Administration and Leadership, Major Incidents, Terrorism & Active Shooter, Training

EMS Responders Share Untold Stories of 9/11

Issue 9 and Volume 36.

This month marks a decade since that awful day in September of 2001 that changed America and its emergency responders forever. We lost hundreds that day and many more since then due to illnesses incurred in the toxic atmosphere and debris that was present during their entrapment and fight to survive, and during the search for survivors and recovery of the deceased.

In 2001, JEMS developed a special print supplement (Courage Under Fire) after interviewing EMS responders, primarily those involved in the collapse of the World Trade Center. That award-winning account of the EMS response is still available online.

However, in 2001, we provided few details of the tremendous response and management of the near simultaneous incidents that occurred at the Pentagon, in Arlington, Va., and in Shanksville, Pa. And almost no mention was made of the massive EMS response that occurred in New Jersey when a flotilla of boats evacuated thousands of victims and citizens from the dense cloud of smoke and debris that blanketed Manhattan.

Because of this, because of how much can now be told about the incidents that occurred that day in 2001, and because of the many aftereffects—physical, emotional and operational—Teresa McCallion, EMT-B, editor of our EMS Insider newsletter and management network, and I interviewed responders from each incident. We asked some direct and personal questions to see how each incident affected their agency, and more importantly, them, on and since 9/11.
We revisited many of the people we first met 10 years ago and then again five years later for our special 9/11 section in September 2006. Some are still in their same posts, while others have been promoted. Some chose to retire, and a few were forced to leave their jobs because of conditions they incurred on 9/11.

What I believe we’ve developed for you as a result of months of interviews, transcriptions and follow-up discussions, is a factual, insightful and important historical account of some of the most complex and stressful responses in EMS history.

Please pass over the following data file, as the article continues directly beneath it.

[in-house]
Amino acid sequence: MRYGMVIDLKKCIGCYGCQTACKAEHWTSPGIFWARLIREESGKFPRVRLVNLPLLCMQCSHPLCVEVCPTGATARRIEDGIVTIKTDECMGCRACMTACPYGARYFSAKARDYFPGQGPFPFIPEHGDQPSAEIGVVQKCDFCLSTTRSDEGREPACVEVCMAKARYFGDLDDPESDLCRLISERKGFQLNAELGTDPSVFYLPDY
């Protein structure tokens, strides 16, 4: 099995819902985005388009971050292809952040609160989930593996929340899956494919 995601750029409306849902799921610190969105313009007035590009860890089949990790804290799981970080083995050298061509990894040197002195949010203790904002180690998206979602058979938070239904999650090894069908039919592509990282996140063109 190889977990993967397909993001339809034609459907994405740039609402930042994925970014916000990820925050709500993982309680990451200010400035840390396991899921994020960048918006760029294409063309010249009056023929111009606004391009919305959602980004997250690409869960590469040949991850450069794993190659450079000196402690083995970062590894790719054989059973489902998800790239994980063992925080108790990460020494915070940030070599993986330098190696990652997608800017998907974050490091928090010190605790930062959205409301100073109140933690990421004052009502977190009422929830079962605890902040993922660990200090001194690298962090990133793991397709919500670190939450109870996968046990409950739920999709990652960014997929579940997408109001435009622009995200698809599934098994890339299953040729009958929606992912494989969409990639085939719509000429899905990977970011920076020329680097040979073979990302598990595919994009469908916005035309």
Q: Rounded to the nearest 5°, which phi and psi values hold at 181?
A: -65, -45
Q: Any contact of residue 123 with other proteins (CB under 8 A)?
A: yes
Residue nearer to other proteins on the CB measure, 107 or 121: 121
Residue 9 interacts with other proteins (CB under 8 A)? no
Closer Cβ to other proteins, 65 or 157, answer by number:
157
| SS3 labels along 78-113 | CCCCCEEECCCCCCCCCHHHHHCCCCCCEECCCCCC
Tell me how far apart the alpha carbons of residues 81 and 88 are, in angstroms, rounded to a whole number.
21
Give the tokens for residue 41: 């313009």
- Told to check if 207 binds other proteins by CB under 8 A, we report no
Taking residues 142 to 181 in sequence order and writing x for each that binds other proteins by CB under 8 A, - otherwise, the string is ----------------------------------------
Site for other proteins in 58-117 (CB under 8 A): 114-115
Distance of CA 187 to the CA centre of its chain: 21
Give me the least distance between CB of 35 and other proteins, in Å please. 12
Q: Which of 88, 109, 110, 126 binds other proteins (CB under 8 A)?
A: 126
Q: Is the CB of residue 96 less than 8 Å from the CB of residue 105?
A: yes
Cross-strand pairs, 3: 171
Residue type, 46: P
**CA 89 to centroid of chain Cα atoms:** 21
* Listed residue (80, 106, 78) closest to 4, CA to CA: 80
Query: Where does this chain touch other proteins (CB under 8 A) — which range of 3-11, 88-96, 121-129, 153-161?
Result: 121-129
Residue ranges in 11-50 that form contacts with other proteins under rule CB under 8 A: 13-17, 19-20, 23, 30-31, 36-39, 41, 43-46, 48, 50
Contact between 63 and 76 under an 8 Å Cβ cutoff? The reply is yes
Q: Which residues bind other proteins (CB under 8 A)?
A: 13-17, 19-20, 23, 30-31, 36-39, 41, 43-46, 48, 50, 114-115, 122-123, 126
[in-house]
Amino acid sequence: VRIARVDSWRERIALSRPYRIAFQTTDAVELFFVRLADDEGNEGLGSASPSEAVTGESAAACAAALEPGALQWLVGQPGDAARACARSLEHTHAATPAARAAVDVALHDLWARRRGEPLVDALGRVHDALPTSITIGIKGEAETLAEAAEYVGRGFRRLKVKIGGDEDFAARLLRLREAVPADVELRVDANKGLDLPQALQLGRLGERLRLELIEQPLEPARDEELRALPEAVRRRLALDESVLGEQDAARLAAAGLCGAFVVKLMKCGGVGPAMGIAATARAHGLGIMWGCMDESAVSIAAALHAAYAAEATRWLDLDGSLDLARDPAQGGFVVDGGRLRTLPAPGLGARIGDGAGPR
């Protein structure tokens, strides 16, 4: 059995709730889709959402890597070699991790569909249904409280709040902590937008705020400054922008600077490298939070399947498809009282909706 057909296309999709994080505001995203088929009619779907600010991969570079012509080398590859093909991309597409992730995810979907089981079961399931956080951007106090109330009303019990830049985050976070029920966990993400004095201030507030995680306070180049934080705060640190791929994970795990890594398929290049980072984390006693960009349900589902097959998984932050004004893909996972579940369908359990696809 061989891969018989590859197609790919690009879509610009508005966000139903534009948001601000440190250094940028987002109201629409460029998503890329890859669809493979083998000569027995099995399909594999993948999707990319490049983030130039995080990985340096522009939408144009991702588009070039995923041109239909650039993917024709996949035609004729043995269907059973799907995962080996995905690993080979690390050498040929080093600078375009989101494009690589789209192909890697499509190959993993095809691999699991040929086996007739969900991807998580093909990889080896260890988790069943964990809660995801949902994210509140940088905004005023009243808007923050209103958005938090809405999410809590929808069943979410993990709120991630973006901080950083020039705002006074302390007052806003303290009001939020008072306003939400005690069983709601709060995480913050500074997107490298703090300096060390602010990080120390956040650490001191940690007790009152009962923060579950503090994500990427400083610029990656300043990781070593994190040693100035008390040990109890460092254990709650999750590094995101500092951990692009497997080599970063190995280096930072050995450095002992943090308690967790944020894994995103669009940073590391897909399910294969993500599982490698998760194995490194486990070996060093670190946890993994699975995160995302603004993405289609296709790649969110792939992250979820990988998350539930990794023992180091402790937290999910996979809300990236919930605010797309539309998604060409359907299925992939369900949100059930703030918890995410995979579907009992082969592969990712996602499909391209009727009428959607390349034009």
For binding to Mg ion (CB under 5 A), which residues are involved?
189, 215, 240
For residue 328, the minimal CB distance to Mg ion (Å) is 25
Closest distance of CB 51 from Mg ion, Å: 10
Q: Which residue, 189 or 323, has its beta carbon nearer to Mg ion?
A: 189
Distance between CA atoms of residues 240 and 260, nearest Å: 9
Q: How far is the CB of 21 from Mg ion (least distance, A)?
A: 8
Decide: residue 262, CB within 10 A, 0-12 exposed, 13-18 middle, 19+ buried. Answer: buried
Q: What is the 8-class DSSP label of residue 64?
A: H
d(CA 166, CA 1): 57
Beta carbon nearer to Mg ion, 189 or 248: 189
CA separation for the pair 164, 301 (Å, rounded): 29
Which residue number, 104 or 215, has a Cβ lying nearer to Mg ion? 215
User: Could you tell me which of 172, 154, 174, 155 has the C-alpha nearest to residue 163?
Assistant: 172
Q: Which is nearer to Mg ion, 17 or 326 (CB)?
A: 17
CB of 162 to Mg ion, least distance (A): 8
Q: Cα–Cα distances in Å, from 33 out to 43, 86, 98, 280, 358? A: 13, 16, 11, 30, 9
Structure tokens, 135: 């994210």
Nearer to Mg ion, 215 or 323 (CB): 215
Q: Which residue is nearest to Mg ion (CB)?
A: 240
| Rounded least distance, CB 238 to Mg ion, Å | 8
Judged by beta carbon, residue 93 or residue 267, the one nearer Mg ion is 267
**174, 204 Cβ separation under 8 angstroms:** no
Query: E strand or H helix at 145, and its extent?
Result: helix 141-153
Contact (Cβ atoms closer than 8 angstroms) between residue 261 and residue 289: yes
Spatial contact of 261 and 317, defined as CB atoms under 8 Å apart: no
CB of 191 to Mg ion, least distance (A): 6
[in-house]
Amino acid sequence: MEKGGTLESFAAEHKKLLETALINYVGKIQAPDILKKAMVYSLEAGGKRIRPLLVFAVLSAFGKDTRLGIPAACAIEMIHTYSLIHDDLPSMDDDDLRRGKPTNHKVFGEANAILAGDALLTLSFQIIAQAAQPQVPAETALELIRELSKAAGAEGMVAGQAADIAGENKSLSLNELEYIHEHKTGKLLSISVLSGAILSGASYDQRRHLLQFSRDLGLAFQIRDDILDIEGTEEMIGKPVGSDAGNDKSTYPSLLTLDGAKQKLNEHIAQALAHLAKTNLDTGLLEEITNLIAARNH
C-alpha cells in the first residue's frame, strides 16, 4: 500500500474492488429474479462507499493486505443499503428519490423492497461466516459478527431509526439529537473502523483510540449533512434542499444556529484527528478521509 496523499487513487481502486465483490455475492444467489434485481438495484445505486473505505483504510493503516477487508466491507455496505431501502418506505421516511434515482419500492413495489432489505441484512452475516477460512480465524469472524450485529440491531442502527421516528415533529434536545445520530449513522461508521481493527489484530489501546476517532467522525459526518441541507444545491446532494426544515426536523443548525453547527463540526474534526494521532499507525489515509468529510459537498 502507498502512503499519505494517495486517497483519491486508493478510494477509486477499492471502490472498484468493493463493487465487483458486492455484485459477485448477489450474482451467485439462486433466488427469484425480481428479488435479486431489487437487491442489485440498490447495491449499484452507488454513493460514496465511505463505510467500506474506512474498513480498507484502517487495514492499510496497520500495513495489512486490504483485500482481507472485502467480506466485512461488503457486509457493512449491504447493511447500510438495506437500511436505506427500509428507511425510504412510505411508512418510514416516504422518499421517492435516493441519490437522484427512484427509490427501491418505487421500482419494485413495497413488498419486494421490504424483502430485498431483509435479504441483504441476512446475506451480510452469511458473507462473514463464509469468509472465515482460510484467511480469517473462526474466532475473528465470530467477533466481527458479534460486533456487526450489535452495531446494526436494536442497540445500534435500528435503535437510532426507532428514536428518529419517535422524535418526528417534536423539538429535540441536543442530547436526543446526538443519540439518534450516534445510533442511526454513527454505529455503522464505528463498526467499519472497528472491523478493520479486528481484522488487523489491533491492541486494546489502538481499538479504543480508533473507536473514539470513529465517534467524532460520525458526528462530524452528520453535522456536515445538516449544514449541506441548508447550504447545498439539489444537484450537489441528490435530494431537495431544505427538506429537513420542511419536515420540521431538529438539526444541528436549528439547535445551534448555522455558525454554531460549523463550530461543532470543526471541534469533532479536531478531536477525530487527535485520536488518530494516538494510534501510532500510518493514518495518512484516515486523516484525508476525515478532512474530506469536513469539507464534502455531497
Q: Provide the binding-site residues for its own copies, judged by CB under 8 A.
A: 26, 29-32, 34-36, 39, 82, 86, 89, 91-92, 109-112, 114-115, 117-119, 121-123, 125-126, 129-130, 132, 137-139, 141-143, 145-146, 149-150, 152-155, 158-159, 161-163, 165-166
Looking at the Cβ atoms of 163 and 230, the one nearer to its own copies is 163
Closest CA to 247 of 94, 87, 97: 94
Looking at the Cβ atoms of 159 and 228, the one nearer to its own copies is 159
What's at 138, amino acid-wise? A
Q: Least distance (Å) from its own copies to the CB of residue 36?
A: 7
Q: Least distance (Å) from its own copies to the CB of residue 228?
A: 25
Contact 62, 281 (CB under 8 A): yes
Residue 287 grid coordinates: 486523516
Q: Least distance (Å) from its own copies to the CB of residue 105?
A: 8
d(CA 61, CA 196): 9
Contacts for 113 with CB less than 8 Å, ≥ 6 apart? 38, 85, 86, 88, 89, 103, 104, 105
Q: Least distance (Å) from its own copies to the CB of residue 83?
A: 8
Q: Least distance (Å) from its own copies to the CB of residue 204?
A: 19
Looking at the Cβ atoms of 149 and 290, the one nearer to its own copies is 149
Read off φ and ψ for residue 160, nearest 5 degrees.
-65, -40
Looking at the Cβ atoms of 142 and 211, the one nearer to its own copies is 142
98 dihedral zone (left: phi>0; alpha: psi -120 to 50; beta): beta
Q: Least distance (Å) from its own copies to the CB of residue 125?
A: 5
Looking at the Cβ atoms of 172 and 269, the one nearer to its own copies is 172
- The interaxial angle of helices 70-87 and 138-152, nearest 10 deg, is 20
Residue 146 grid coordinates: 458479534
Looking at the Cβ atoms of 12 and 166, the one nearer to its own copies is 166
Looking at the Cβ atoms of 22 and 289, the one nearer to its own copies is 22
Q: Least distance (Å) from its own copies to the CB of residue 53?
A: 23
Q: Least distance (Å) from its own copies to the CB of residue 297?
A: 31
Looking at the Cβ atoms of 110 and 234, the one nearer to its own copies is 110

Packaged in an electronic and downloadable format, Out of the Darkness, will debut on the morning of September 11 and will present you with first-person accounts from responders who were thrust into the world spotlight that morning when terrorists invaded their response districts—and their lives—and changed the way they, and most responders throughout the world, think, train, respond and live today.

We worked hard to deliver the personal perspectives of key 9/11 responders, weaving together important facts and events of the three disasters and presenting the positive and negative effects of those events on EMS agencies and their personnel.     

We pieced together never-before heard facts and accounts from 9/11, and more importantly, reached into the hearts and minds of the people who had “boots on the ground,” when a beautiful sunny day was turned to near-complete darkness for many providers.

Some of the responders featured in Out of the Darkness had small roles, while others had daunting command, control, patient care or communications responsibilities. They agreed to speak with us about their experiences, actions and lessons learned, not to bring attention to them individually, but to properly pass history and the torch of preparedness and response on to a new generation of responders.

Most have seen their physical scars diminish. But it was clear to us as we interviewed them that few will ever lose the emotional scars they were left with that awful day.

We laughed with them, ate with them and cried with several of them as they reflected not just on the events of that awful day, but also on how their daily operations, training, equipment and lives have changed since then.

For those who were involved in EMS operations on 9/11 who were touched by it and affected by it, that experience has become a sacred event that has bonded them together in a special fraternity of responders.

I want to give special thanks to the sponsors of our 9/11 coverage. Their support allowed us to personally meet with personnel involved in each incident, listen to their experiences, but, most importantly, present to you the many lessons they learned on, and after, 9/11.

It has been our honor to meet with these participants in the most tragic day in EMS and present this extensive compilation of first-hand experiences to you.

We’re privileged these responders allowed us into their emotional world and were willing to give JEMS permission to tell you their experiences, lessons learned and feelings about 9/11. JEMS

This article originally appeared in September 2011 JEMS as “Voices Never Heard: Reflections on 9/11—a decade later.”

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